Urbanism Beyond Reconstruction
Reconstruction of Japan's northeast regions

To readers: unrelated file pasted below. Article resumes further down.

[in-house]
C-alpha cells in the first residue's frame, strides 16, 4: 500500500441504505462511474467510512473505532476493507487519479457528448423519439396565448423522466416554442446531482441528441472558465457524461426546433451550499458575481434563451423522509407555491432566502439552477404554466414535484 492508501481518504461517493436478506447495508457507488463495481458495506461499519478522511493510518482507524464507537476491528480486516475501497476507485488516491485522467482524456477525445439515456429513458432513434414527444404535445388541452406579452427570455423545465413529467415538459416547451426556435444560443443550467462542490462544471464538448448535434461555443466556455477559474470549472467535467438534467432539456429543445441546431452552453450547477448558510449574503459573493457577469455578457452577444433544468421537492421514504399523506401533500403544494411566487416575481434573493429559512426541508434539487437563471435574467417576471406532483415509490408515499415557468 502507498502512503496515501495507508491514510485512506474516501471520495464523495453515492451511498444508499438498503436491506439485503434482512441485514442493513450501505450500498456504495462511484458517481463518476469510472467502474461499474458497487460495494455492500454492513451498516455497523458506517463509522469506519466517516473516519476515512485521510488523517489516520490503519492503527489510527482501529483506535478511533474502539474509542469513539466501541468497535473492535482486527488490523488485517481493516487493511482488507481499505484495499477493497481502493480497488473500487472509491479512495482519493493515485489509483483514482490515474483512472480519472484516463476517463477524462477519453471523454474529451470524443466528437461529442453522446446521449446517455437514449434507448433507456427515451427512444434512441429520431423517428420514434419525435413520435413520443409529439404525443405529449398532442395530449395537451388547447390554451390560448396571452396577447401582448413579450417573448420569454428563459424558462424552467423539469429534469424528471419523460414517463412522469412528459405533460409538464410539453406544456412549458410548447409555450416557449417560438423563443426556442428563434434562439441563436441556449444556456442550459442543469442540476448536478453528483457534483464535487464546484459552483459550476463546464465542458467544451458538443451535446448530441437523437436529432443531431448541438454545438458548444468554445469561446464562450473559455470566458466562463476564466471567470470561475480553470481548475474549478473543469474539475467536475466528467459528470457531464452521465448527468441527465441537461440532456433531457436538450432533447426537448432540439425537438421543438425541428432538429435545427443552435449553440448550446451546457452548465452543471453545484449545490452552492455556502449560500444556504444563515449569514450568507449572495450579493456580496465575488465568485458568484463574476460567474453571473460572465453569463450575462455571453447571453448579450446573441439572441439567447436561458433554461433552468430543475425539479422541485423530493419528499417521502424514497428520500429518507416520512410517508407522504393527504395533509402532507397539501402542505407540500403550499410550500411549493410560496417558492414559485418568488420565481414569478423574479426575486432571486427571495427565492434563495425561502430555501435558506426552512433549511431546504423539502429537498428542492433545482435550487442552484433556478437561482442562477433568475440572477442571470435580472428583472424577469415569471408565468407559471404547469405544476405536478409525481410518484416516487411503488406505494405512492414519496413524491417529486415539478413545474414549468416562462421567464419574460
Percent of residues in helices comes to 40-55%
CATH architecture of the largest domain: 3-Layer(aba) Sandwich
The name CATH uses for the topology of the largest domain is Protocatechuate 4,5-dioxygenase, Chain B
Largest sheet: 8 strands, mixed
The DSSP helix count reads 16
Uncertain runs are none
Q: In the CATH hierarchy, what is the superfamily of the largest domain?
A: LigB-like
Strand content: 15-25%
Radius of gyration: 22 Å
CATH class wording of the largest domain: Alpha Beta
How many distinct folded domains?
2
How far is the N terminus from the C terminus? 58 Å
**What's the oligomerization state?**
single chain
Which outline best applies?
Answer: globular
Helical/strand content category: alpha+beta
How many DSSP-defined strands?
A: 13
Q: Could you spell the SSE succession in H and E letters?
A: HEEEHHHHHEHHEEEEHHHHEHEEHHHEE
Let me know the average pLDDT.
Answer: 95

A new affair on Urbanism is about to emerge in the northeast region of Japan. In March of 2011, a severe earthquake and tsunami hit the northeast region of Japan, the ‘forgotten land’, causing incalculable damage and the death of countless people. The 160km long powerful fishing region that served Japan’s stomach has entirely been washed away. It unmasked the crucial importance of the region for the world’s Hi-Tech industries. A crippling disaster still developing today it causes generic concerns on future vision: Nuclear power, world economy and notion of cohabitation. Japanese political focus has turned to end this chain of accidents. The cabinet announced the reconstruction committee - that includes Tadao Ando - and expanded its administration, a new Ministry of Reconstruction and one additional position of Vice Prime minister. Yet the scale of work required is massive and the course and precise factors of reconstruction required remain ambiguous. In the context of this disastrous situation, how should architecture respond and what strategies must be employed in order to relevantly direct the region’s future urbanity? In the past, massive ecological, pathological, and economic disasters have caused cities to be abandoned by their inhabitants for causes both known and unknown to us. The Maya, for example, abandoned elaborately constructed cities following irreparable changes to their civilization and environment. The twentieth century saw the construction of new capital cities, of places like Brasilia, which sprang from nothing and became central urban nodes. SEZ in China unlocks dormant potentials. In Japan, since the 1950s, a series of new towns have been planned and constructed, branded, and designed, while Tokyo exemplified new and characteristic models of megacity urbanism. Following the devastation and their aftermath, this northeast region is faced with the choice of whether to rebuild or abandon its past, whether to brand a new city or repair a once successful past. Sendai - the metropolis of the region - is not an exception. The concerns of the urbanism-in-demand are bound to the needs and requirements of a population displaced by massive devastation. Yet, should the region have an ambition to grow further beyond a mere reconstruction? Should the reconstruction be programmed as the urbanism which can initiate a change in Japan? Looking towards the twenty-first century, could we imagine an upshot reconstruction plan of this natural and man made disaster be the one to show the future form of urbanism? The questions are; where can population live, in what pattern could inhabitant commit their social-contract, what architecture sustain such ambition. This one week master class will research the strategic reasoning influencing these questions; While, also exploring the architectural and urban concepts and strategies appropriate for implementation.